Ancient curse: May you live in interesting times

Amanda Williams is president of the UNR College Republicans.

With 2008 now in the past and 2009 underway, there is much to reflect upon. The past year was full of memorable moments. We had a quickly falling economy, a presidential election and many other newsworthy events.

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The 2008 presidential election was the major event of the year. It was a historical race for many reasons, and it will be remembered for a long time to come. It was not memorable only because of the people running and the environment in which they were running, but because the election was a circus.

The ringleader was none other than Barack Obama. In his campaign, there were songs with his name in them, video games with his picture, even T-shirts in malls. It was a spectacle like nothing this country had seen before. It went beyond policies and ideas to become what seemed a popularity contest—no substance, only style.

In hearing Three 6 Mafia scream the words, “Like Barack Obama said, ‘Yeah it’s time for a change,'” I was overcome with a sense of shame. What our Founding Fathers had built for us was turned into a joke, a three-ring circus, and it was heartbreaking. Barack Obama took this election by storm, not because of his ideas, but because he was the more fashionable candidate. I believe 2008 will be a landmark year for this country because that was the year our Founding Fathers rolled over in their graves. They stood for the ideas of individual responsibility, small government and low taxes, and the election was proof positive that people disregarded everything these men stood for, and they decided they would rather vote in a popularity contest than they would in an election.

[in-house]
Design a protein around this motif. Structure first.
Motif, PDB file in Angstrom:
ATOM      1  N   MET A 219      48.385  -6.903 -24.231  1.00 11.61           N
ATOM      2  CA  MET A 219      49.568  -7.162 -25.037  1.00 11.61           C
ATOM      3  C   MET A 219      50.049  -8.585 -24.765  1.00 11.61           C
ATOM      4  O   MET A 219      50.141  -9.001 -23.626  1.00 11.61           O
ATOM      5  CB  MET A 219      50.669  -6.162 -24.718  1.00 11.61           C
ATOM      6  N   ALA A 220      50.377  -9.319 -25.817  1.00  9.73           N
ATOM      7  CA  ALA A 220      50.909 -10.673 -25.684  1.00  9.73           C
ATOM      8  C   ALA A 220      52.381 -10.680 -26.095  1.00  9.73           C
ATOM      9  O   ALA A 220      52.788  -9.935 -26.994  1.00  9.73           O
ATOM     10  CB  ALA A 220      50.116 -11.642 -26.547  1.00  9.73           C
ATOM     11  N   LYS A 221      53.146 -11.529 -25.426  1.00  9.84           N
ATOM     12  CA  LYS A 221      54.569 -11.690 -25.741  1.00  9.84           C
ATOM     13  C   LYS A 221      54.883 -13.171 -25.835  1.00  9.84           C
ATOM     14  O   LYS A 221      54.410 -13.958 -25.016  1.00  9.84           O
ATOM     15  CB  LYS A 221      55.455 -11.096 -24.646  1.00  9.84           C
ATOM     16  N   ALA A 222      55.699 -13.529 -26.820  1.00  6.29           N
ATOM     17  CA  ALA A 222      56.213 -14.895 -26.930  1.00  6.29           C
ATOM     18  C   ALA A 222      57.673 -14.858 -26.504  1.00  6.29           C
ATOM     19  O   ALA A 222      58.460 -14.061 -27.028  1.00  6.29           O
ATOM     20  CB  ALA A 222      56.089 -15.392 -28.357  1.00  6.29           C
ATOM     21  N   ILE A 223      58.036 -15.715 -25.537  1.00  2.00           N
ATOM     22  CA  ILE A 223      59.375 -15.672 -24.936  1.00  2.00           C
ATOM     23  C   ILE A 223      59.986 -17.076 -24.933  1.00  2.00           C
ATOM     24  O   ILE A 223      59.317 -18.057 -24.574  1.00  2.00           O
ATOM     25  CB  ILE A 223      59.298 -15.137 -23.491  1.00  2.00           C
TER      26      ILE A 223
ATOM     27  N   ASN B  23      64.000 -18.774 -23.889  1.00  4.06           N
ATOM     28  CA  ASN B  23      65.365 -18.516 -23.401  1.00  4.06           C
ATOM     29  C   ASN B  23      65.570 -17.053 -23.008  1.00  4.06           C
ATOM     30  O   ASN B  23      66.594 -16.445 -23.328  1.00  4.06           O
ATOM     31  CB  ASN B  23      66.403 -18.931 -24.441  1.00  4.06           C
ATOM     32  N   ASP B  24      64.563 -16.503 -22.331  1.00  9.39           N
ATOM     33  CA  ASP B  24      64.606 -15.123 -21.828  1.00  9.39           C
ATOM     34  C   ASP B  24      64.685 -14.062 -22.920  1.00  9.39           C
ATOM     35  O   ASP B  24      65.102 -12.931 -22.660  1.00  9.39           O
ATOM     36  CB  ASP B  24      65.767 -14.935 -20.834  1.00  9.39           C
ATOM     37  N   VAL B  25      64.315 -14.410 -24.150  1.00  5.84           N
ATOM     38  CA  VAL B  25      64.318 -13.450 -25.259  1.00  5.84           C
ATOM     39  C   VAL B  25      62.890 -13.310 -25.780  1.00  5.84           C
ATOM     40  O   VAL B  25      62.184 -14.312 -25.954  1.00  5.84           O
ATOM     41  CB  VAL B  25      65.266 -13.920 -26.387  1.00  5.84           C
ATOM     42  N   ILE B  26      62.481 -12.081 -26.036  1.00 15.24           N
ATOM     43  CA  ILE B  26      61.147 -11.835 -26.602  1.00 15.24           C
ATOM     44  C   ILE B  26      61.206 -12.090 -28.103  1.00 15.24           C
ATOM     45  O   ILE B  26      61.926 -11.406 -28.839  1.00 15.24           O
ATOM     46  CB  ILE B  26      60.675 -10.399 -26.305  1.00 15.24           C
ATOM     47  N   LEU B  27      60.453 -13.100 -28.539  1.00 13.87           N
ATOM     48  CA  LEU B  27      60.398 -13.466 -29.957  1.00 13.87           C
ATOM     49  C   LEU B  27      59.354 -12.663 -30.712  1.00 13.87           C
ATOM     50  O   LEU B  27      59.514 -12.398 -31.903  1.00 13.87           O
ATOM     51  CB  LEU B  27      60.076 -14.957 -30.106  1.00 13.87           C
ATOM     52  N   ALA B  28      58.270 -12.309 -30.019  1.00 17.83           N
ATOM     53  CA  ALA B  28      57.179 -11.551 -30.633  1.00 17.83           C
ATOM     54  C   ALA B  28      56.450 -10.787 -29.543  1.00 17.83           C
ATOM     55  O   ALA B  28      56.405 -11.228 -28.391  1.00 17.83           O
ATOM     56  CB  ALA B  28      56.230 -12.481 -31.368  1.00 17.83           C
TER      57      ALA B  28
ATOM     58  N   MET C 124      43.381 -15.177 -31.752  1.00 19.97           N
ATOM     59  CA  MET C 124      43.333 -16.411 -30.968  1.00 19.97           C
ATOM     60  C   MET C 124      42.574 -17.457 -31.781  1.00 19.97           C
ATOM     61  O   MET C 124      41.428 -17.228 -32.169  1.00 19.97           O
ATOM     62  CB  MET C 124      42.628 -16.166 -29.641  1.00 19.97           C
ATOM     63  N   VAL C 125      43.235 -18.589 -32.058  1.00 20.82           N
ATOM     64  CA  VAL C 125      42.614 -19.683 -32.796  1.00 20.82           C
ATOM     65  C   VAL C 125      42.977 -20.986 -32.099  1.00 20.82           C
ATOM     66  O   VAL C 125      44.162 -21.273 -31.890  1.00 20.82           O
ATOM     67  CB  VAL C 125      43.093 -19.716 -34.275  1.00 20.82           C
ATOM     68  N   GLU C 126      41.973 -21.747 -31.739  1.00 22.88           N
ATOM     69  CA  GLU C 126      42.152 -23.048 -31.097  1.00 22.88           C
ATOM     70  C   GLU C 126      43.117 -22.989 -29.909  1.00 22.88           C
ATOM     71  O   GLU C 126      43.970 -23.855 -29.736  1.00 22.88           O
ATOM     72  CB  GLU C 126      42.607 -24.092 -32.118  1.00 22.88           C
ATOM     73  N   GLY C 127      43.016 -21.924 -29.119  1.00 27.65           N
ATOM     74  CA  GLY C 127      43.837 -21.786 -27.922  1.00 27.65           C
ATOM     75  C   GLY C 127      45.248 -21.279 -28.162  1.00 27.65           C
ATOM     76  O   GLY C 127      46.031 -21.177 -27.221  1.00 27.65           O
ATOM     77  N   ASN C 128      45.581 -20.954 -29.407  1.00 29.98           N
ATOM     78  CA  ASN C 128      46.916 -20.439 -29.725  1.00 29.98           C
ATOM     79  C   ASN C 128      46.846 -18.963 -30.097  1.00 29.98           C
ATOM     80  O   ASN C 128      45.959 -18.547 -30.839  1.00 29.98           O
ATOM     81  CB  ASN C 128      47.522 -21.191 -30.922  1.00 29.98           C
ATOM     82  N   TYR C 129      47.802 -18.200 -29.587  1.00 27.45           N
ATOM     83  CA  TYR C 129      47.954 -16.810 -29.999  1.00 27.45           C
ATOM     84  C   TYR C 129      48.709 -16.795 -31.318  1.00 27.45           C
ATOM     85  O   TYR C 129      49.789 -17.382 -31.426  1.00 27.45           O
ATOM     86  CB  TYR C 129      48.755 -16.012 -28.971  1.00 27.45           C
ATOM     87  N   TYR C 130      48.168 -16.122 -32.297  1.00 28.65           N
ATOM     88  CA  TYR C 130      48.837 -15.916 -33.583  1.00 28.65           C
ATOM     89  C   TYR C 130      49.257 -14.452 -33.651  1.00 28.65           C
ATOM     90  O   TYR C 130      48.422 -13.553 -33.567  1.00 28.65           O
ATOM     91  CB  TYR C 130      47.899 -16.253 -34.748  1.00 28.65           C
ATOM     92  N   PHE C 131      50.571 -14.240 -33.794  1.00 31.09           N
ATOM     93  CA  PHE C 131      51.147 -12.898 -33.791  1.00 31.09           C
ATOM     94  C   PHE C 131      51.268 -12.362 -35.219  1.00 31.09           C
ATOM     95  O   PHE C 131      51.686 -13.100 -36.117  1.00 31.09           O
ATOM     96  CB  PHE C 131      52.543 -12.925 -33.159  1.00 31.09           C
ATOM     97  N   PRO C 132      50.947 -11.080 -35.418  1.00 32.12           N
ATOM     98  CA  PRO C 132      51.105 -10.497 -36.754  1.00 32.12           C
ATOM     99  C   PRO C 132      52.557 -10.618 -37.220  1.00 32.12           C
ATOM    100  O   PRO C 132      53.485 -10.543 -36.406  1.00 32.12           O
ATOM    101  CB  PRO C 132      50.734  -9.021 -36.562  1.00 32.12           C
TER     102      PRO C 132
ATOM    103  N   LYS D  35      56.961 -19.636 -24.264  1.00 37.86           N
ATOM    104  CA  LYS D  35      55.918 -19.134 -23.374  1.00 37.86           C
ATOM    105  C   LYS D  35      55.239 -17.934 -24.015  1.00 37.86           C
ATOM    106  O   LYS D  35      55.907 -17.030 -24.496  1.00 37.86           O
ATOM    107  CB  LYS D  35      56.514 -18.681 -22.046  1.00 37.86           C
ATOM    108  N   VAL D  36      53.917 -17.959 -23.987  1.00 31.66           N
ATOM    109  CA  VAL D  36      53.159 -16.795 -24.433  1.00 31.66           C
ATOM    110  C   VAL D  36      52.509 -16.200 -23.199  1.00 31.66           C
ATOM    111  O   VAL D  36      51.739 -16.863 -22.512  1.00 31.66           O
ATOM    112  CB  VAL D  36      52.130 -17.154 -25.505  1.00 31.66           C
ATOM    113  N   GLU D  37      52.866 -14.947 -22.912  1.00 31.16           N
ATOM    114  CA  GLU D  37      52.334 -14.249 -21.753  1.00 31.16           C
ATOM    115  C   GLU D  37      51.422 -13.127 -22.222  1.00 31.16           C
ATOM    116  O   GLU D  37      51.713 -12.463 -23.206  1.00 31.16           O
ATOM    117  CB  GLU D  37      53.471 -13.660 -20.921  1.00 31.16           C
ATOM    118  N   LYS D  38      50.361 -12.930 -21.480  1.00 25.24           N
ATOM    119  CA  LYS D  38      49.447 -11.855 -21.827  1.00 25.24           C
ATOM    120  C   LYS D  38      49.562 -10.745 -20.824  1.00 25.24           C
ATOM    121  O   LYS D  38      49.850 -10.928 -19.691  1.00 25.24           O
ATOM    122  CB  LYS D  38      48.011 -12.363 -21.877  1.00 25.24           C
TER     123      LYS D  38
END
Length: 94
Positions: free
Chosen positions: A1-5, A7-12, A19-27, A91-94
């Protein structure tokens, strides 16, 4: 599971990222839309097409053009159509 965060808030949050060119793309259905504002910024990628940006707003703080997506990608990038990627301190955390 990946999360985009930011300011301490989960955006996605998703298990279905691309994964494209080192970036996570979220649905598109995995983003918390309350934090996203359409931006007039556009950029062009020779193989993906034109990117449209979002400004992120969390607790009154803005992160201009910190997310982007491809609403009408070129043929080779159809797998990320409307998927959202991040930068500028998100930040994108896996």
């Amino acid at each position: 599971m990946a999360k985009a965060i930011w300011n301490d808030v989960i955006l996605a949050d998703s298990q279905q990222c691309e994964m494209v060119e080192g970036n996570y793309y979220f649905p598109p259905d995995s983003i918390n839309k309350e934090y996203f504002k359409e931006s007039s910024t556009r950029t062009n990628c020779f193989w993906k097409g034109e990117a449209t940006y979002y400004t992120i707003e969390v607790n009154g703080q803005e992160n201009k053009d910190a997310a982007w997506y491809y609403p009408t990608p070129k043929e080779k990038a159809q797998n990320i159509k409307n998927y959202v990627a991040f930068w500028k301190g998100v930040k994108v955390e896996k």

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The past year was interesting for Nevada as well. So much happened in our little state. The presidential candidates each visited this state several times, each knowing this was one of the major battleground states in this election. It proved to be a fight to the finish for Nevada’s electoral votes.

The economy proved to be a big problem for Nevada in 2008, as well. The Reno Gazette-Journal reported there was a major surge in home foreclosures, and our unemployment rate was incredibly high. Nevada sported the highest foreclosure rating this November for the 23rd straight month. It’s a devastating blow to the state and its people. The year was rough on many folks.

Nevada’s budget was an issue throughout 2008. With the economy in dire straights, politicians found it difficult to keep money flowing where they needed it to flow. Many government departments suffered, including higher education. This made 2008 out of the ordinary because many students awakened from their apathetic slumber and suddenly got involved in government by means of protest. The only problem was that they didn’t seem to understand the process of budget cuts or the reasons for them. It appeared these protesters couldn’t comprehend that money was being cut because, well, the money wasn’t there to give.

The past year was a captivating one for everyone, locally and nationally. There were events that left us wide-eyed and mouths hanging open. There were many more that left us either stunned or angry—or both, for that matter. And yet, life went on. Much of the local news was about everyday life, nothing extraordinary. The fine mixture of the big-news events and day-to-day activities made 2008 an interesting year for everyone.